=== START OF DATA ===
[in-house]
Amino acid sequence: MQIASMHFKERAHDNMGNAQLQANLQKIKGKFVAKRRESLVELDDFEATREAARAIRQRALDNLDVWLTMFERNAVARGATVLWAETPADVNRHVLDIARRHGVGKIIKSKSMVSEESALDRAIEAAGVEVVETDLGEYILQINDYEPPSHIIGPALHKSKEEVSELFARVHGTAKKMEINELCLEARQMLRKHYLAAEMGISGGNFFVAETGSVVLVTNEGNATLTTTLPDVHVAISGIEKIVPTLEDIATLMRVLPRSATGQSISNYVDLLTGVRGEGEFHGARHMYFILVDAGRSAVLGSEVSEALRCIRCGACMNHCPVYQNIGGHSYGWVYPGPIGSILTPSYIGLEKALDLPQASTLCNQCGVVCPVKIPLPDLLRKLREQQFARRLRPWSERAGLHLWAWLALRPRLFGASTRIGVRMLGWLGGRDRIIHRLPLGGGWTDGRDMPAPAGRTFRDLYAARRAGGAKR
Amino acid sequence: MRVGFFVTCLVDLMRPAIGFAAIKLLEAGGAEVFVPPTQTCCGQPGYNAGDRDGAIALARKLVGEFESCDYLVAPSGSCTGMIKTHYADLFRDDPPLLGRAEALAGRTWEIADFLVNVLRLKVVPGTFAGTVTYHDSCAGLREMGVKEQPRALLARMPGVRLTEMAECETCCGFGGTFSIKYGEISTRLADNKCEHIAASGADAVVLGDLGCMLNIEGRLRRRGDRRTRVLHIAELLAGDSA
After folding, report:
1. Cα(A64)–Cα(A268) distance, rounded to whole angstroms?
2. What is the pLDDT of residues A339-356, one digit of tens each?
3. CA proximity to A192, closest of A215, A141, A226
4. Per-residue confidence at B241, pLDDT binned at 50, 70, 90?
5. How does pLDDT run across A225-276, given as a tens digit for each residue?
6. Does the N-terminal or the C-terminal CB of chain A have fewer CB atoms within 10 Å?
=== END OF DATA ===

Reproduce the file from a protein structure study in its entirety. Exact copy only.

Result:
[in-house]
Amino acid sequence: MQIASMHFKERAHDNMGNAQLQANLQKIKGKFVAKRRESLVELDDFEATREAARAIRQRALDNLDVWLTMFERNAVARGATVLWAETPADVNRHVLDIARRHGVGKIIKSKSMVSEESALDRAIEAAGVEVVETDLGEYILQINDYEPPSHIIGPALHKSKEEVSELFARVHGTAKKMEINELCLEARQMLRKHYLAAEMGISGGNFFVAETGSVVLVTNEGNATLTTTLPDVHVAISGIEKIVPTLEDIATLMRVLPRSATGQSISNYVDLLTGVRGEGEFHGARHMYFILVDAGRSAVLGSEVSEALRCIRCGACMNHCPVYQNIGGHSYGWVYPGPIGSILTPSYIGLEKALDLPQASTLCNQCGVVCPVKIPLPDLLRKLREQQFARRLRPWSERAGLHLWAWLALRPRLFGASTRIGVRMLGWLGGRDRIIHRLPLGGGWTDGRDMPAPAGRTFRDLYAARRAGGAKR
Amino acid sequence: MRVGFFVTCLVDLMRPAIGFAAIKLLEAGGAEVFVPPTQTCCGQPGYNAGDRDGAIALARKLVGEFESCDYLVAPSGSCTGMIKTHYADLFRDDPPLLGRAEALAGRTWEIADFLVNVLRLKVVPGTFAGTVTYHDSCAGLREMGVKEQPRALLARMPGVRLTEMAECETCCGFGGTFSIKYGEISTRLADNKCEHIAASGADAVVLGDLGCMLNIEGRLRRRGDRRTRVLHIAELLAGDSA
After folding, report:
1. Cα(A64)–Cα(A268) distance, rounded to whole angstroms?
2. What is the pLDDT of residues A339-356, one digit of tens each?
3. CA proximity to A192, closest of A215, A141, A226
4. Per-residue confidence at B241, pLDDT binned at 50, 70, 90?
5. How does pLDDT run across A225-276, given as a tens digit for each residue?
6. Does the N-terminal or the C-terminal CB of chain A have fewer CB atoms within 10 Å?